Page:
Abstract: This paper shows that oil price changes, measured as short-term futures returns, are a strong predictor of excess stock returns at short horizons. Ours is a leading variable for the business cycle and exhibits low persistence which avoids the fictitious long-horizon predictability associated with other predictors used in the literature. We compare our variable with the most popular predictors in a sample period that includes the recent financial crisis. Our results suggest that oil price changes are the only variable with forecasting power for stock returns. This significant predictive ability is robust against the inclusion of other variables and out-of-sample tests. We also study the cross-section of expected stock returns in a conditional CAPM framework based on oil price shocks. Our model displays high statistical significance and a better fit than all the conditional and unconditional models considered, including the Fama–French three-factor model. From a practical perspective, ours is a high-frequency, observable variable that has the advantage of being readily available to market-timing investors.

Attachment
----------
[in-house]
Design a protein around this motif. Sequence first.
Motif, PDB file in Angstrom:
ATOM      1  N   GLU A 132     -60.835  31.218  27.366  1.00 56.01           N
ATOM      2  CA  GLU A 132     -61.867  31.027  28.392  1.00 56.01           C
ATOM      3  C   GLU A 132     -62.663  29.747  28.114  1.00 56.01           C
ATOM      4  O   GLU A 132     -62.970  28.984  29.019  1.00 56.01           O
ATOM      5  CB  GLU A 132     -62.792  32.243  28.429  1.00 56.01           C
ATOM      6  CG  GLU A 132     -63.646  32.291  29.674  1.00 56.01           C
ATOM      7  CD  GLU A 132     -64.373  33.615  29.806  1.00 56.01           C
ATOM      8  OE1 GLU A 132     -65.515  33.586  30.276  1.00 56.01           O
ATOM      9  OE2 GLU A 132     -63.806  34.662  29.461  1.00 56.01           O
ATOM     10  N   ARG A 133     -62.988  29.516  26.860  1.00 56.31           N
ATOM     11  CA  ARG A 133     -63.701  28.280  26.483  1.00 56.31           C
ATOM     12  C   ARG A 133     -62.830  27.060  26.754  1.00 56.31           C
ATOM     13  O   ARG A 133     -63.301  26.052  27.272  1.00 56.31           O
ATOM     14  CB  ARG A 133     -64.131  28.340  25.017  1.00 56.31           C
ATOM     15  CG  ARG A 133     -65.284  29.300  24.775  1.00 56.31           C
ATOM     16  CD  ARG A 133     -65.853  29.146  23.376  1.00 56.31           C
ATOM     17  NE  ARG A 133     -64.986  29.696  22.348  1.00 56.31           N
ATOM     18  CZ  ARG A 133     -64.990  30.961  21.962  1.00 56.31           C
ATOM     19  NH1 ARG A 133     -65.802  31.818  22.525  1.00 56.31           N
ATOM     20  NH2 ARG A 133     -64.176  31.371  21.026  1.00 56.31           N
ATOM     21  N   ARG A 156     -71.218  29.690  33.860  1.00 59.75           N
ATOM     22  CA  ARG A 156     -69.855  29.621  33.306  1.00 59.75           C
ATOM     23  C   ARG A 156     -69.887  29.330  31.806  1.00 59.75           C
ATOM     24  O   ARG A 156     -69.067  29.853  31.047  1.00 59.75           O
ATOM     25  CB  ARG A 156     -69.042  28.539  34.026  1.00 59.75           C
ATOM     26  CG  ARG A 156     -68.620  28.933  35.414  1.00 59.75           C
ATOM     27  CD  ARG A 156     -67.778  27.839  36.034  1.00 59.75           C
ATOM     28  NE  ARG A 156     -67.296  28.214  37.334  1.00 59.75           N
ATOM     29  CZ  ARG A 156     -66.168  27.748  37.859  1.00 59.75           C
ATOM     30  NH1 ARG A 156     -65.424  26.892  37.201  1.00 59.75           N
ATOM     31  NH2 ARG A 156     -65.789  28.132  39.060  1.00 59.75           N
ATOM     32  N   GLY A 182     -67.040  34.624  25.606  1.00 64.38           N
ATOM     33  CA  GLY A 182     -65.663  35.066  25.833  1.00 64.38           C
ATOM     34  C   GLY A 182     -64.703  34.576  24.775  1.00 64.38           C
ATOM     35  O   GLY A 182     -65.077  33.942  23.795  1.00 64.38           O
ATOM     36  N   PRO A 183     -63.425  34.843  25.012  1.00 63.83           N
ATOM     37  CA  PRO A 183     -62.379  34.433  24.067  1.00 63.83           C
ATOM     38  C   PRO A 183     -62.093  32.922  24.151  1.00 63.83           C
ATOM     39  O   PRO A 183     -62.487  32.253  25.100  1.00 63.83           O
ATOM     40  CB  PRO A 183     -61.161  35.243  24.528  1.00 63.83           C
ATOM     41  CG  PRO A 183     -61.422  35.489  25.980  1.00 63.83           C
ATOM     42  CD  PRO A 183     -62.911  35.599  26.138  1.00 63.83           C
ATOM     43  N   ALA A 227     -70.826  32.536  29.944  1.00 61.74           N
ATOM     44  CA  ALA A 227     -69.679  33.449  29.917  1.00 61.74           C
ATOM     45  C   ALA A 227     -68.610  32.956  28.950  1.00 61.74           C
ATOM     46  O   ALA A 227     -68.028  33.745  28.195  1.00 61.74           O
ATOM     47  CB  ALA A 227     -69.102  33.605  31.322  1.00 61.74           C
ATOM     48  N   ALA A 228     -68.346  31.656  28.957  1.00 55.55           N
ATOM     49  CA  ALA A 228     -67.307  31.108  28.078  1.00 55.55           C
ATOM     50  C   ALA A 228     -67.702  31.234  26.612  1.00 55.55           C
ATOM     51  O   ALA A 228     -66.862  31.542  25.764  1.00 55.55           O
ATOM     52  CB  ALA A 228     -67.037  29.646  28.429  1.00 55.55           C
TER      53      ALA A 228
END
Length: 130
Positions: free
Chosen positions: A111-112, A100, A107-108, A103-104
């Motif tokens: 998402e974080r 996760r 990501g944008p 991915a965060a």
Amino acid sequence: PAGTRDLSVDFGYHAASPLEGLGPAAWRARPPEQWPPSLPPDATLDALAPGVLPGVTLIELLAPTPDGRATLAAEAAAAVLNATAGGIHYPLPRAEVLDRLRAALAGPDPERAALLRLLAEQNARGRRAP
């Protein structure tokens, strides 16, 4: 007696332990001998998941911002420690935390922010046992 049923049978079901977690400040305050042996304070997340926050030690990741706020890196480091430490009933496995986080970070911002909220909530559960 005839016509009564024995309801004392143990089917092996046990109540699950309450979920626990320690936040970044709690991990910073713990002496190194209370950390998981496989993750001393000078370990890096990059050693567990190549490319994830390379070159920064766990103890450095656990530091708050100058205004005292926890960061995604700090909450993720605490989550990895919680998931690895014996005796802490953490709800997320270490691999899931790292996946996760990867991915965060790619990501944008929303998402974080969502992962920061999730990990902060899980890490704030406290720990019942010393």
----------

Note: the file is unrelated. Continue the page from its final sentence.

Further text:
Keywords: Commodity markets, Commodity prices, Financial econometrics, Forecasting applications, Empirical asset pricing
JEL Classification : E3, E4, E32, E44, G1, G12, Q4, Q43